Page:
As Boots & Coots again pushed brine down the shaft, the upward pressure of the leak dramatically overwhelmed the downward force of the fluid. Cho says the brine formed a channel through the soil as it came back up to the surface, which created a highway of sorts for the liquid—and later gas— to escape faster. “It went from very diffuse to very focused. That may have been part of the reason why ... the [leak] rate may have changed,” Cho says cautiously. Conley found that by Nov. 28, emissions were about 16 percent higher than he’d measured a few days before the kill attempt. At its peak, Aliso emitted almost 128,000 pounds of methane an hour, Conley estimates. (Boots & Coots deferred comment to SoCalGas.)
On Nov. 19, after another kill attempt, SoCalGas announced a Plan B that may sound familiar from the 2010 Deepwater Horizon oil spill—digging a relief well to intercept SS-25 at its base, about 8,600 feet below ground. The drilling started on Dec. 4. SoCalGas said around that time it could take months to complete the task.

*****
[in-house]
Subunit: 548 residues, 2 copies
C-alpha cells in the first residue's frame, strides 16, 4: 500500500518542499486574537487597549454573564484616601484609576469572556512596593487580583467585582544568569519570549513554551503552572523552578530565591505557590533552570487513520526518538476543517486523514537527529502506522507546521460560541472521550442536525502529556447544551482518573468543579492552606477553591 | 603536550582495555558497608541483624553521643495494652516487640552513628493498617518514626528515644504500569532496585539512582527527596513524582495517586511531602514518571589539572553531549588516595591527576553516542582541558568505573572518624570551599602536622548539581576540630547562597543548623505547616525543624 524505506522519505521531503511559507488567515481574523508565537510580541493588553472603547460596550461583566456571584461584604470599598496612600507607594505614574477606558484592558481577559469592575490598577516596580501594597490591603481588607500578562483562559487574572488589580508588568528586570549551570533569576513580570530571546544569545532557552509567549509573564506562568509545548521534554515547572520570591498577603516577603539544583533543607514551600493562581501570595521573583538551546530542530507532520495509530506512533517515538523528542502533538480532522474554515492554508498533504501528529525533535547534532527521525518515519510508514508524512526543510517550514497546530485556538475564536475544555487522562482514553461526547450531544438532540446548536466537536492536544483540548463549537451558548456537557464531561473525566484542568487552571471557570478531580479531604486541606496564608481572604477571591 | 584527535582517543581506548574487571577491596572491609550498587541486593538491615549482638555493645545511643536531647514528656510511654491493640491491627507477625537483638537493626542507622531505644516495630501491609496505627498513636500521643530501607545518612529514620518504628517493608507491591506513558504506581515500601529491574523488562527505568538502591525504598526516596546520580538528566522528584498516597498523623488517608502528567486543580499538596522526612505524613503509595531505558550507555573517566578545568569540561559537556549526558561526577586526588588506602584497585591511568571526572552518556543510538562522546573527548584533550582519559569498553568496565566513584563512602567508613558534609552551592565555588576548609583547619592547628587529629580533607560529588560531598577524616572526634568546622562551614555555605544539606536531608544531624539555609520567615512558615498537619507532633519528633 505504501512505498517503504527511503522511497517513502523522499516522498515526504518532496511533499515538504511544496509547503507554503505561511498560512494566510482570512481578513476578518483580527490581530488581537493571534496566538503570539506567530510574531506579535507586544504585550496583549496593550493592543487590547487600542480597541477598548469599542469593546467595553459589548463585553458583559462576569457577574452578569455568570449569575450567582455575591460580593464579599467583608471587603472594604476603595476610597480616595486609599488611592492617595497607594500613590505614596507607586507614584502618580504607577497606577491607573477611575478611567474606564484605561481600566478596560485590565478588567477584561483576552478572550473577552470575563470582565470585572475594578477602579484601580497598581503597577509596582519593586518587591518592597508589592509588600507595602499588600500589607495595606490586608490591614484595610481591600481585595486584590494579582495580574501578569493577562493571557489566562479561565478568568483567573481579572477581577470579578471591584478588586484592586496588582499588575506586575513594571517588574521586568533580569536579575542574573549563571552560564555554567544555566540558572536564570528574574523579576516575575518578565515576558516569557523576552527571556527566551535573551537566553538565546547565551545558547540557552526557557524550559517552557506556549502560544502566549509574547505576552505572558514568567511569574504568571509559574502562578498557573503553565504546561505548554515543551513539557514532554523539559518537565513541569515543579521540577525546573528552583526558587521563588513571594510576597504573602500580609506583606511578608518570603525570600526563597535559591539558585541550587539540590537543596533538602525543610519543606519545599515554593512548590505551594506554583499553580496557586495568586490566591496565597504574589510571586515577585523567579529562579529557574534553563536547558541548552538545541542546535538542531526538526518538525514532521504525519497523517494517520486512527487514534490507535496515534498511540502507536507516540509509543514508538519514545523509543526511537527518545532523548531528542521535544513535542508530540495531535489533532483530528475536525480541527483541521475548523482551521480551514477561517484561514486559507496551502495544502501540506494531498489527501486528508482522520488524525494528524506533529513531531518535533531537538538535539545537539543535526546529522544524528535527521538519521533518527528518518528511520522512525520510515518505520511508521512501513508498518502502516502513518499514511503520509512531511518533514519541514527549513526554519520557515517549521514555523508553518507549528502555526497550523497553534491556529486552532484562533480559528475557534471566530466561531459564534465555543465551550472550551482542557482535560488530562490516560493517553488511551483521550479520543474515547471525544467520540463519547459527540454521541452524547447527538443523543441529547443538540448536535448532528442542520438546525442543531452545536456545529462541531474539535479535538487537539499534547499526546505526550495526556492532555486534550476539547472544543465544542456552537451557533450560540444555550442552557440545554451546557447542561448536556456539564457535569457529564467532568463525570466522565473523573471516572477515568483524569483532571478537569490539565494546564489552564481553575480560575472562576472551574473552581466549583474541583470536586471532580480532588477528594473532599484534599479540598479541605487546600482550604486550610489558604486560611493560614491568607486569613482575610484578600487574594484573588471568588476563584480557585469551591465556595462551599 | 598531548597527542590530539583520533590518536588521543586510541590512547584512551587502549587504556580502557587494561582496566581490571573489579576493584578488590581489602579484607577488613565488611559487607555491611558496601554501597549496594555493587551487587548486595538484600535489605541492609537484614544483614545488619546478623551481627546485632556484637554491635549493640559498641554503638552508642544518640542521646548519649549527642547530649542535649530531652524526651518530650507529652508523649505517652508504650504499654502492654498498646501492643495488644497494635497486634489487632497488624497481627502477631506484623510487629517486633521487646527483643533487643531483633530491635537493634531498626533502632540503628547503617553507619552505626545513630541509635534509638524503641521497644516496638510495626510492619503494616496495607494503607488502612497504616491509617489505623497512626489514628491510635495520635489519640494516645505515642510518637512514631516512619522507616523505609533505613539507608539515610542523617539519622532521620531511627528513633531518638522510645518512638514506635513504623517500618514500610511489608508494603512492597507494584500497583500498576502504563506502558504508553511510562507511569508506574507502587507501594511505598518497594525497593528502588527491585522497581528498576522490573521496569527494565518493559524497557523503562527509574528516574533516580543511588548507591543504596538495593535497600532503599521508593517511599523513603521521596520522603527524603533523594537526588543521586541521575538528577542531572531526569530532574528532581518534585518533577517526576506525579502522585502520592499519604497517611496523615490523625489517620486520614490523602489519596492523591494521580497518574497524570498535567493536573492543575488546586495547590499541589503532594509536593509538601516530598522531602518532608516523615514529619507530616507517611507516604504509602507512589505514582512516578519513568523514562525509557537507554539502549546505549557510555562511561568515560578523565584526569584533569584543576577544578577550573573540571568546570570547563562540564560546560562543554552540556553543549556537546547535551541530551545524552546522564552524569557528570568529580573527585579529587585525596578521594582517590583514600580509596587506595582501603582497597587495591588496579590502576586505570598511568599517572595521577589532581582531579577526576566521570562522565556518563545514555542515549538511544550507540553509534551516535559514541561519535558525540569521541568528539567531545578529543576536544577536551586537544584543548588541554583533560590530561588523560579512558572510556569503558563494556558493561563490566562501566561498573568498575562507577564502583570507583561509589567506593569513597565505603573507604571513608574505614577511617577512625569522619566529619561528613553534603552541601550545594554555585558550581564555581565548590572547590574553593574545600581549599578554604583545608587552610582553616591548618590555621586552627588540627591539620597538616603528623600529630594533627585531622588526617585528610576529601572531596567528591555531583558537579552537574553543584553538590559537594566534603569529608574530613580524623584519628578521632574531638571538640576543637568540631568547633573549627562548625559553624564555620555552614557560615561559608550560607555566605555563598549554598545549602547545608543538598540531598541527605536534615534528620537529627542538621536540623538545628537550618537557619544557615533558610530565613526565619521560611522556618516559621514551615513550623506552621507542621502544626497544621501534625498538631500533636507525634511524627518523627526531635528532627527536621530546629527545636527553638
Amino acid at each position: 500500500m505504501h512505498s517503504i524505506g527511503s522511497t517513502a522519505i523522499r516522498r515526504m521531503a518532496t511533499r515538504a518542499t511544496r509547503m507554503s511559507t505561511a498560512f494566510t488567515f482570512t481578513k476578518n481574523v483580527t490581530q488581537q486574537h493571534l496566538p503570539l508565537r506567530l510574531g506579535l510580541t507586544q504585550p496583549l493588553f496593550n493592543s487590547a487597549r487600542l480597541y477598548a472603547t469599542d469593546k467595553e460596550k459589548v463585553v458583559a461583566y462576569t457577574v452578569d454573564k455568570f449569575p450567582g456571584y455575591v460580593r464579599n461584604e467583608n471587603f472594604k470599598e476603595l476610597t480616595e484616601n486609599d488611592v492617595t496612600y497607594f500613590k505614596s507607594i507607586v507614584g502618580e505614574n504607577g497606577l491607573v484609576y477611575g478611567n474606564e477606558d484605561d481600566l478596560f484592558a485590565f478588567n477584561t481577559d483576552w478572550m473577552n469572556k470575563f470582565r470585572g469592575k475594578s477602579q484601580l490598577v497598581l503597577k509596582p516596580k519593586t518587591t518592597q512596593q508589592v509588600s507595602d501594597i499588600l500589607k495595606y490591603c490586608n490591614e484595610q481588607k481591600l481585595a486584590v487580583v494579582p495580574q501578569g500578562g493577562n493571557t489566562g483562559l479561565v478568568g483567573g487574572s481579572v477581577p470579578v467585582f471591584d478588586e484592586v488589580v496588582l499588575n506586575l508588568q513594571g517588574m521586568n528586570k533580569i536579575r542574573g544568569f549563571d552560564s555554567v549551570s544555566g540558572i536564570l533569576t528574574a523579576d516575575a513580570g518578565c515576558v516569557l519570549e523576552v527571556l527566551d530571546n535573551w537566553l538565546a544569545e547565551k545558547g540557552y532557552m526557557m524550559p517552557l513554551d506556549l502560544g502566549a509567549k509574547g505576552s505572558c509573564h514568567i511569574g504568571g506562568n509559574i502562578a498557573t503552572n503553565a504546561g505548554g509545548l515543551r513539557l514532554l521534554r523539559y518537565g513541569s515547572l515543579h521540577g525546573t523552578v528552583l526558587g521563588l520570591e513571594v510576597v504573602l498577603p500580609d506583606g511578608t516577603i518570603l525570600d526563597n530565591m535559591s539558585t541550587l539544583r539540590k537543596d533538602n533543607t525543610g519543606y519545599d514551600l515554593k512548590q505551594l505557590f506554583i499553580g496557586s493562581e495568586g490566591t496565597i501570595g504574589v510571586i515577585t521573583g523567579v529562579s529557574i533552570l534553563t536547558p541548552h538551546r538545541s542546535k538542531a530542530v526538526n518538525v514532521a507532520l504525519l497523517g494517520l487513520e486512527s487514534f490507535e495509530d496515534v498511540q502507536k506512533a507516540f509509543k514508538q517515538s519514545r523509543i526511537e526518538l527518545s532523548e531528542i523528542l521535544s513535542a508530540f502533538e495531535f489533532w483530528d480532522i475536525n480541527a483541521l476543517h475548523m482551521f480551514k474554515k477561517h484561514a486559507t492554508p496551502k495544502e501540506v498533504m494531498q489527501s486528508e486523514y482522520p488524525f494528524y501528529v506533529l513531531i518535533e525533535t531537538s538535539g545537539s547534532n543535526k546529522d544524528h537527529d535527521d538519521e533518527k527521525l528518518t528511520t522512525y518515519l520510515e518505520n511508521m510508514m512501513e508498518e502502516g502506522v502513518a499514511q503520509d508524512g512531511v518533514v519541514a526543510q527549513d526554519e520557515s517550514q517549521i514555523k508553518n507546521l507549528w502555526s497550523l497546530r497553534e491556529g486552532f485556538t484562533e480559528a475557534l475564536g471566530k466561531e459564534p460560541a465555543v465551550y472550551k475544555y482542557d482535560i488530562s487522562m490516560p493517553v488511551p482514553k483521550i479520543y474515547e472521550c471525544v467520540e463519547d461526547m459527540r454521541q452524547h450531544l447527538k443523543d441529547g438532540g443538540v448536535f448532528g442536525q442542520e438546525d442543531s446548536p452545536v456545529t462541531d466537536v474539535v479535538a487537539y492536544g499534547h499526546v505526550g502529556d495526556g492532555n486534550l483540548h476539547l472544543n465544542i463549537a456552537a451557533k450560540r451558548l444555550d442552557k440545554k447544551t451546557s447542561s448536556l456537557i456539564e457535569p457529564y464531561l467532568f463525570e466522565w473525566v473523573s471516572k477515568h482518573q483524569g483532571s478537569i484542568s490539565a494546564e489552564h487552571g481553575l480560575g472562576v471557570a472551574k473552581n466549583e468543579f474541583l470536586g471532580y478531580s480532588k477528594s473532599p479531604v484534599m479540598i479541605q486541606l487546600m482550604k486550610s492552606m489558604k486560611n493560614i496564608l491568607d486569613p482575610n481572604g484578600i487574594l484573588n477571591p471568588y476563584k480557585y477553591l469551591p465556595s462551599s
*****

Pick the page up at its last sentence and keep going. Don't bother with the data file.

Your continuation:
By the middle of December, reality was setting in
at Porter Ranch that the leak wouldn’t be plugged anytime soon. More residents began asking SoCalGas to pay for temporary housing, and the company opened an office in a shopping center, wedged between SoCal Blow Dry Bar and Visionmax Optometry, to field their complaints. Hundreds of people have been showing up each day, and about 4,460 households are living in hotels or other short-term accommodations, at SoCalGas’s expense.
Plaintiffs’ lawyers, including Robert F. Kennedy Jr., courted panicked residents, saying SoCalGas should pay for what they called unknown health risks and wrecked property values. More than 2,000 people showed up for a December meeting organized by Erin Brockovich and the lawyers she works with.
A month later, on a Friday evening in mid-January, hundreds of Porter Ranch residents packed the pews of Shepherd of the Hills Church. Onstage, 11 state officials sat at long tables, resembling a modern-day Last Supper. Their backdrop was a set of partially constructed stone houses, under way in early preparation for the church’s popular Broadway-style Easter pageant. Dudley Rutherford commanded the attention of the crowd as only a megachurch pastor can. “Good evening!” he boomed. Rutherford asked the crowd not to berate the officials, who were there to provide information on the leak, then added, “We pray for you and for all the people on the stage.”